October is here and fall weather seems to have finally arrived with it. Proper fall weather. The high on Friday is going to not even reach 60F. I don't mind to be honest as I like cool crisp days with leaves crunching underfoot. I am happy to pull out a few sweaters and sweatshirts finally. Cool is good, but the cold can hold off of course.
It's perfect RIP reading weather, so I think I'll be working on my 'ghost stories' for the next few days. I'm past the halfway mark with John Boyne's This House is Haunted, which I like very much so far. I have heard slightly mixed reactions, mostly in regard to the ending, so I am very curious to see how the story turns out. It is easy reading and the narrator is quite engaging. It starts out a little creepy, the sort of creepy where you wonder if this is going to be a story of the supernatural, but as more is revealed, it seems as though the reason for the strangeness is due to something more mundane. Eliza Caine is hired as a governess to two very unusual children. Where are their parents, and why are they the way they are?
I'm just now starting to properly get into Laurie King's The Moor. Mary Russell ranks up there with Maisie Dobbs as a fictional character I most admire and would like to 'meet' (and Amelia Peabody can be added to that list as well, curiously they are all female sleuths . . . hmm). I had never given much thought before to Mary's scholarly work, which concerns Talmudic studies, but I have a burgeoning interest now in Jewish Literature, so that is a fascinating aspect to her character that I will be paying more attention to. As for mood setting, here's a taste of what I've been reading:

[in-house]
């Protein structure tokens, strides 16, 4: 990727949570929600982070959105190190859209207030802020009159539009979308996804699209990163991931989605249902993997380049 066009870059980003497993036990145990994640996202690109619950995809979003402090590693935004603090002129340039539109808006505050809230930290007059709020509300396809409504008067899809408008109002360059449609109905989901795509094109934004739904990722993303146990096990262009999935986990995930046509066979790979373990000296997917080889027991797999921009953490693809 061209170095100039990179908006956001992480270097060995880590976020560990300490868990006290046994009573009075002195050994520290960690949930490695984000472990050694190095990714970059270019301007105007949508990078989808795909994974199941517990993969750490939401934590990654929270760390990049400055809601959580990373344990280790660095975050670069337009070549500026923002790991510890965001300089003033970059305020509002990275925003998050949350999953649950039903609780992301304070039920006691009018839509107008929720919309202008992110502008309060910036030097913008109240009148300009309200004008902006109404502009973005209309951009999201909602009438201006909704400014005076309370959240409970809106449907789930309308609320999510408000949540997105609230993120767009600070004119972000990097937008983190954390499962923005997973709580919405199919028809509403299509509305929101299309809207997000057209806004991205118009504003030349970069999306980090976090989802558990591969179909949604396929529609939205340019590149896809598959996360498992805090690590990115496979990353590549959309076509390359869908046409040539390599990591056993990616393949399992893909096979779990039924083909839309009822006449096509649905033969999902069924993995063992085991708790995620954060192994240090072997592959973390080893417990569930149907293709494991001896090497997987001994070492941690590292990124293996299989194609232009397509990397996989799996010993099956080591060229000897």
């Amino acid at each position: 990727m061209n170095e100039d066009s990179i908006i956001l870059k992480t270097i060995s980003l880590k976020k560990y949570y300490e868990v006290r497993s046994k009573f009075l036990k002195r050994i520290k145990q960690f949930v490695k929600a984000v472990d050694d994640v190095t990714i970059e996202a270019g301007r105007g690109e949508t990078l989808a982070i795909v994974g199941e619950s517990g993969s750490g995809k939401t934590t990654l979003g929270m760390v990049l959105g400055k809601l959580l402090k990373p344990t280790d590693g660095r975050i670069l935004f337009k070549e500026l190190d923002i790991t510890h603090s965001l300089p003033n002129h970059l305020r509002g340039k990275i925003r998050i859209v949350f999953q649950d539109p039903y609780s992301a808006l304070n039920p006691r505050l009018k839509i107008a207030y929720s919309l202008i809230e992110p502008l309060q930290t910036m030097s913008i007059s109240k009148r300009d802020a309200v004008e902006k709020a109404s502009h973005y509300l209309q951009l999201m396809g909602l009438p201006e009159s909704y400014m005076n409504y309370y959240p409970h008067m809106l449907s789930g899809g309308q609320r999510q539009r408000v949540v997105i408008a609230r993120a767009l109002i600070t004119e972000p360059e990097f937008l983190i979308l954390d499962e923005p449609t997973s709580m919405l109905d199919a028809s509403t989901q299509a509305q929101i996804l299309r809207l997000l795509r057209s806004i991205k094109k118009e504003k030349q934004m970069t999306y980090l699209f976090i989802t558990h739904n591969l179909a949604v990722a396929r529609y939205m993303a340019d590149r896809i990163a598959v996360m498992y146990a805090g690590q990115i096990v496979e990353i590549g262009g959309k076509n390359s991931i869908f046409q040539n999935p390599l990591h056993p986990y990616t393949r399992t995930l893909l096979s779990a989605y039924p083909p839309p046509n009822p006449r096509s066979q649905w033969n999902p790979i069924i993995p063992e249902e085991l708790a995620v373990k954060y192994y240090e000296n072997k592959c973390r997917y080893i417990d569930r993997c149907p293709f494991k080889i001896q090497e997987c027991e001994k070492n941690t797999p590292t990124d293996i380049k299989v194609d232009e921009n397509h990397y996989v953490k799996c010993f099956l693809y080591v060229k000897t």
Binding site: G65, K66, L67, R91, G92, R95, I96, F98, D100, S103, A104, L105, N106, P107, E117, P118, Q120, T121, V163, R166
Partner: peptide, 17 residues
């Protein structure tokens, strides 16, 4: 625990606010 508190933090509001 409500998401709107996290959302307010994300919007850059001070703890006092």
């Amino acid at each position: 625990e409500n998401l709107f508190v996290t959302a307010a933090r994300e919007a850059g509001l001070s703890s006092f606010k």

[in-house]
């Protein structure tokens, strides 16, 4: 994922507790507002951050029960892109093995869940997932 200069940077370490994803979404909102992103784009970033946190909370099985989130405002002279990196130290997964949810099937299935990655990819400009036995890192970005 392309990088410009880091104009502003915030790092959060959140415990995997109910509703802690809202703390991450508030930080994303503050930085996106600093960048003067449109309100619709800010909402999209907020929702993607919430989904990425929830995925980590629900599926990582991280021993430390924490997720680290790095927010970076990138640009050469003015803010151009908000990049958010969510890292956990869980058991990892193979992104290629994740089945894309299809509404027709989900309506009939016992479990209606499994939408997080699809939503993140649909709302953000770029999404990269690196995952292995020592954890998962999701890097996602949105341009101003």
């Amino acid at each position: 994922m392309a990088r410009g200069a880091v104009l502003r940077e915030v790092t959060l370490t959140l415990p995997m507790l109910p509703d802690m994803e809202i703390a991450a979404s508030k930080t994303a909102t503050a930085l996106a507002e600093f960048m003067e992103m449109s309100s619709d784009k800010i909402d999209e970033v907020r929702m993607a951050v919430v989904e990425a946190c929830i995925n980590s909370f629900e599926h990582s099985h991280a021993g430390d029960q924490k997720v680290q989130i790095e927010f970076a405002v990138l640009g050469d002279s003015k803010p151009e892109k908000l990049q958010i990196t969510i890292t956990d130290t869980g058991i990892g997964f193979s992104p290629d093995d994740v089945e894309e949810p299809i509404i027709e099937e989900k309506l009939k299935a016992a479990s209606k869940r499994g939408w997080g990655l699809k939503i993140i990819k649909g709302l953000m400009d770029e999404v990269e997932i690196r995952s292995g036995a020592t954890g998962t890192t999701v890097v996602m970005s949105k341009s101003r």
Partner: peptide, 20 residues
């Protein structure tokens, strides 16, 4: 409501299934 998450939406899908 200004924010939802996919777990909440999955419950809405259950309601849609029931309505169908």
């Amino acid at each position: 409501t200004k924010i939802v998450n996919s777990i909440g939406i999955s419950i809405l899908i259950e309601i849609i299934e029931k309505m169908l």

"As with any isolated setting, the moor seethes with stories of the supernatural. Unsophisticated minds are apt to see corpse lights or 'jacky-twoads' where the scientist would see swamp gas, and long and lonely nights encourage the mind to wander down paths poorly illuminated by the light of reason. The people firmly believe in ghost dogs and wraiths of the dying, in omen-bearing ravens and standing stones that walk in the dark of the moon. And pixies--the pixies, or pygsies, are everywhere, waiting to lead the unsuspecting traveller astray."
This is perfect stay in bed on a rainy day reading, and to be honest I have today off and it is indeed pouring rain. So guess what I'll be doing this afternoon? My other RIP book is Peter Robinson's Before the Poison, which is very good. I have been juggling the three but I will likely concentrate on finishing one and then moving it back into the rotation. The Robinson is a book that is easy to get lost in and I think I need to try his Inspector Banks novels next. I was hoping to pick up at least one more book from my original RIP reading list, but three novels and a handful of short stories seems pretty respectable so I am trying not to be greedy and actually finish what I have started by month's end!